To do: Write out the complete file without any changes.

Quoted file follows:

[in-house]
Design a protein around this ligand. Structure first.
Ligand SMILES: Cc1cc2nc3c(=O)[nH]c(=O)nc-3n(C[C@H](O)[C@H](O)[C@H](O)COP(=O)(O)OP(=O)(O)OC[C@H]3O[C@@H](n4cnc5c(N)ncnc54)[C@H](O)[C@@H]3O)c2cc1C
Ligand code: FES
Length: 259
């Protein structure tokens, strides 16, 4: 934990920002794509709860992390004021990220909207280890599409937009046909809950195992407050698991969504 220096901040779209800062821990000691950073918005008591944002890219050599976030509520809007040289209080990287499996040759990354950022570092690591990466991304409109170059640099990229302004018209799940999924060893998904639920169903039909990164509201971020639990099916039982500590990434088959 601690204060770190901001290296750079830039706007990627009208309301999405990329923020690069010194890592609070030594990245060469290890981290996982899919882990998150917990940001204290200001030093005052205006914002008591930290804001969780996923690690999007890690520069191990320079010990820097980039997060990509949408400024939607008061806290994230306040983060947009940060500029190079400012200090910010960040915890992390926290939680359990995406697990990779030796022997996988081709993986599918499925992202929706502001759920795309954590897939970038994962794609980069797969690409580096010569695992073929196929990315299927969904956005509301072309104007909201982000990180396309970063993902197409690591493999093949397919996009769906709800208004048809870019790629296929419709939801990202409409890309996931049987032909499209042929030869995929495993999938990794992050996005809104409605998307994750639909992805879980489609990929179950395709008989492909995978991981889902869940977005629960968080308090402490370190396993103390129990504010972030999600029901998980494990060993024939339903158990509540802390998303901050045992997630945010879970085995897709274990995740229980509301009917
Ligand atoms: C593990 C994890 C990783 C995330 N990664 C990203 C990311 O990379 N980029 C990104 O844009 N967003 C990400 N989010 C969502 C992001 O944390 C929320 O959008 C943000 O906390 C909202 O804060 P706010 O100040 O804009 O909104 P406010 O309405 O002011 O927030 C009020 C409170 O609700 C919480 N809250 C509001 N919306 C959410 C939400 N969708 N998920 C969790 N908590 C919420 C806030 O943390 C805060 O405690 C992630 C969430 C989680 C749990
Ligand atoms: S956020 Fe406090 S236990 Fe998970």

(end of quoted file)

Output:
[in-house]
Design a protein around this ligand. Structure first.
Ligand SMILES: Cc1cc2nc3c(=O)[nH]c(=O)nc-3n(C[C@H](O)[C@H](O)[C@H](O)COP(=O)(O)OP(=O)(O)OC[C@H]3O[C@@H](n4cnc5c(N)ncnc54)[C@H](O)[C@@H]3O)c2cc1C
Ligand code: FES
Length: 259
């Protein structure tokens, strides 16, 4: 934990920002794509709860992390004021990220909207280890599409937009046909809950195992407050698991969504 220096901040779209800062821990000691950073918005008591944002890219050599976030509520809007040289209080990287499996040759990354950022570092690591990466991304409109170059640099990229302004018209799940999924060893998904639920169903039909990164509201971020639990099916039982500590990434088959 601690204060770190901001290296750079830039706007990627009208309301999405990329923020690069010194890592609070030594990245060469290890981290996982899919882990998150917990940001204290200001030093005052205006914002008591930290804001969780996923690690999007890690520069191990320079010990820097980039997060990509949408400024939607008061806290994230306040983060947009940060500029190079400012200090910010960040915890992390926290939680359990995406697990990779030796022997996988081709993986599918499925992202929706502001759920795309954590897939970038994962794609980069797969690409580096010569695992073929196929990315299927969904956005509301072309104007909201982000990180396309970063993902197409690591493999093949397919996009769906709800208004048809870019790629296929419709939801990202409409890309996931049987032909499209042929030869995929495993999938990794992050996005809104409605998307994750639909992805879980489609990929179950395709008989492909995978991981889902869940977005629960968080308090402490370190396993103390129990504010972030999600029901998980494990060993024939339903158990509540802390998303901050045992997630945010879970085995897709274990995740229980509301009917
Ligand atoms: C593990 C994890 C990783 C995330 N990664 C990203 C990311 O990379 N980029 C990104 O844009 N967003 C990400 N989010 C969502 C992001 O944390 C929320 O959008 C943000 O906390 C909202 O804060 P706010 O100040 O804009 O909104 P406010 O309405 O002011 O927030 C009020 C409170 O609700 C919480 N809250 C509001 N919306 C959410 C939400 N969708 N998920 C969790 N908590 C919420 C806030 O943390 C805060 O405690 C992630 C969430 C989680 C749990
Ligand atoms: S956020 Fe406090 S236990 Fe998970």